By studying the injuries and aptitudes of Vietnam War veterans who suffered penetrating head wounds during the war, researchers have found that brain regions that contribute to optimal social functioning are also vital to general intelligence and emotional intelligence.
“We are trying to understand the nature of general intelligence and to what extent our intellectual abilities are grounded in social cognitive abilities,” said Aron Barbey, a University of Illinois professor of neuroscience, psychology, and speech and hearing science. Barbey, an affiliate of the Beckman Institute and he Institute for Genomic Biology at the University of Illinois, led the new study with an international team of collaborators.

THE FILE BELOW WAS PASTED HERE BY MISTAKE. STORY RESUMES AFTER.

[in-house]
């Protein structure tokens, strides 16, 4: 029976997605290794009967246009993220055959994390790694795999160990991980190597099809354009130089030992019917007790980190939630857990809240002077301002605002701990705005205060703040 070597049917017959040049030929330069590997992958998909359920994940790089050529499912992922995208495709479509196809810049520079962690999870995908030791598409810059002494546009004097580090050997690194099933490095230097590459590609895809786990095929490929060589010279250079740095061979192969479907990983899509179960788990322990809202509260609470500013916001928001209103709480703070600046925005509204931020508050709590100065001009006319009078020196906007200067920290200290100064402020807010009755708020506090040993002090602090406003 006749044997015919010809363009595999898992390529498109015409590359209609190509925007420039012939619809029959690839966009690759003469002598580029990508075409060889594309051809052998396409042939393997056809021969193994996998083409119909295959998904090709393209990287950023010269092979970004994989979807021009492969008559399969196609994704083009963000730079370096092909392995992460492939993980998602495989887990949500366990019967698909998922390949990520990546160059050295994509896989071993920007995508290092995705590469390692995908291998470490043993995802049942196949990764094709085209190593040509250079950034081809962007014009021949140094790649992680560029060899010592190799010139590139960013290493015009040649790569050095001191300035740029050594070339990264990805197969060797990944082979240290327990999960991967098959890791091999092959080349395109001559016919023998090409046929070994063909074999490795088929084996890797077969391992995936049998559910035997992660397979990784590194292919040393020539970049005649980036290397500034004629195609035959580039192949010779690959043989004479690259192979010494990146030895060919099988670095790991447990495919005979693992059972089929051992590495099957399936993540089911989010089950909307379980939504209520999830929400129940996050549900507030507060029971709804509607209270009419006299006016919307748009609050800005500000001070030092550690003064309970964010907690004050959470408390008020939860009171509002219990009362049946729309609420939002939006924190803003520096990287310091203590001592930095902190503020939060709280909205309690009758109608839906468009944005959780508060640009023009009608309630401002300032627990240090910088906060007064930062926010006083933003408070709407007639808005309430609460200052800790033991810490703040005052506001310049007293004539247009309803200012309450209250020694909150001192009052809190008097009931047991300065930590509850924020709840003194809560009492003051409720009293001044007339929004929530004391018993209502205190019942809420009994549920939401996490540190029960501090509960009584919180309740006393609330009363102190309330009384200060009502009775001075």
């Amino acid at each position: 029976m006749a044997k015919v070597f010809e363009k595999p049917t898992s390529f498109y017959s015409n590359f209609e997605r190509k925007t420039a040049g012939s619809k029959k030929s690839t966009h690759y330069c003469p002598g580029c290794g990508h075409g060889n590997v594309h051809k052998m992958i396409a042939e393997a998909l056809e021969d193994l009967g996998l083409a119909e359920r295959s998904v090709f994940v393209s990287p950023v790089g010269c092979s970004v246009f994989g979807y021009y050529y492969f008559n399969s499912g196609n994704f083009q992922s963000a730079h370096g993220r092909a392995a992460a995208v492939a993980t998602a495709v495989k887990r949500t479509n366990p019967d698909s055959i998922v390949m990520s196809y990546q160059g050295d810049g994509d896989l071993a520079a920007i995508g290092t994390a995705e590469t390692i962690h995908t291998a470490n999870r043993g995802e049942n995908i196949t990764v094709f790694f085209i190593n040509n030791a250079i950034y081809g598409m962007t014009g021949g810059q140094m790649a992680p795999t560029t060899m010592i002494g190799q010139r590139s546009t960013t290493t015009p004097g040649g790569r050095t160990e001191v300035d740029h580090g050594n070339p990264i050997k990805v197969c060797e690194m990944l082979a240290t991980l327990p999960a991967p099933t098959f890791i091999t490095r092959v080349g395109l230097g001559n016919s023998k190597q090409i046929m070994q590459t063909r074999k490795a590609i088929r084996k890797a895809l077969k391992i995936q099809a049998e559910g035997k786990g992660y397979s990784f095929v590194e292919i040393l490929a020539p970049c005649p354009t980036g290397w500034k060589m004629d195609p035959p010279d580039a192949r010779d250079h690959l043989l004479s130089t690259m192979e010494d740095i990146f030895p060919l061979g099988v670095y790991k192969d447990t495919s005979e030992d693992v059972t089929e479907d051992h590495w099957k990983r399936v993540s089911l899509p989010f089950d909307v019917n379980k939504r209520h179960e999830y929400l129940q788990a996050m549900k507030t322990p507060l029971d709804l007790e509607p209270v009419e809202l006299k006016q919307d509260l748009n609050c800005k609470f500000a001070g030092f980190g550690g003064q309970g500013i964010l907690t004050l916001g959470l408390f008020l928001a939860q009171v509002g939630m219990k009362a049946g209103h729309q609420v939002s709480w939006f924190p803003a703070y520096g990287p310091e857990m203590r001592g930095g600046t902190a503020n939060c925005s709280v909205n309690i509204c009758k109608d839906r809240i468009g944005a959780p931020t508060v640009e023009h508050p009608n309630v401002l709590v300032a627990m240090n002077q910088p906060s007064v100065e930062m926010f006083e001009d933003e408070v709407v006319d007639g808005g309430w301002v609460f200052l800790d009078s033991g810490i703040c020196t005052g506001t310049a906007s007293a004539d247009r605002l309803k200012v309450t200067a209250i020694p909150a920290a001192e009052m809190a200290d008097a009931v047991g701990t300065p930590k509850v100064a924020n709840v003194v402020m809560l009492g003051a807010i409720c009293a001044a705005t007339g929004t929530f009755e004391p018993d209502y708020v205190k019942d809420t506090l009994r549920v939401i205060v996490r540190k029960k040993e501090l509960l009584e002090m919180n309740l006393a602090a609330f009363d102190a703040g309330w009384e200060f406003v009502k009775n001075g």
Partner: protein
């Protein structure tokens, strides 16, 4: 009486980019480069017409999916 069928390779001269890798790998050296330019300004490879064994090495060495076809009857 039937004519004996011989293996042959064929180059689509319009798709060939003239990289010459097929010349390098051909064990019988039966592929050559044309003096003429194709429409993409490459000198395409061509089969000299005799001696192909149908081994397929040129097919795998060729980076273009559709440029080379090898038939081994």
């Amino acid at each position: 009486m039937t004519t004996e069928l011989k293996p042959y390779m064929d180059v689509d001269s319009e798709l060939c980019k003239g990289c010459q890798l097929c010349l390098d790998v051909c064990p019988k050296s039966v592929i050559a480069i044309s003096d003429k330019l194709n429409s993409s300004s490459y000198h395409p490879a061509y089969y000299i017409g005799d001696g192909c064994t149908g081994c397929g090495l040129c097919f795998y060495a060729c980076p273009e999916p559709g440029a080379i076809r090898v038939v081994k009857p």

The study involved 144 Vietnam veterans injured by shrapnel or bullets that penetrated the skull, damaging distinct brain tissues while leaving neighboring tissues intact. Using CT scans, the scientists painstakingly mapped the affected brain regions of each participant, then pooled the data to build a collective map of the brain. They then looked for damage in specific brain regions tied to deficits in the participants’ ability to navigate intellectual, emotional or social realms. Social problem solving in this analysis primarily involved conflict resolution with friends, family and peers at work.
As in their earlier studies of general intelligence and emotional intelligence, the researchers found that regions of the frontal cortex (at the front of the brain), the parietal cortex (further back near the top of the head) and the temporal lobes (on the sides of the head behind the ears) are all implicated in social problem solving. The regions that contributed to social functioning in the parietal and temporal lobes were located only in the brain’s left hemisphere, while both left and right frontal lobes were involved.
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Findings were reported in the journal Brain and can be read here:
Via Dr. Stefan Gruenwald, Eric Chan Wei Chiang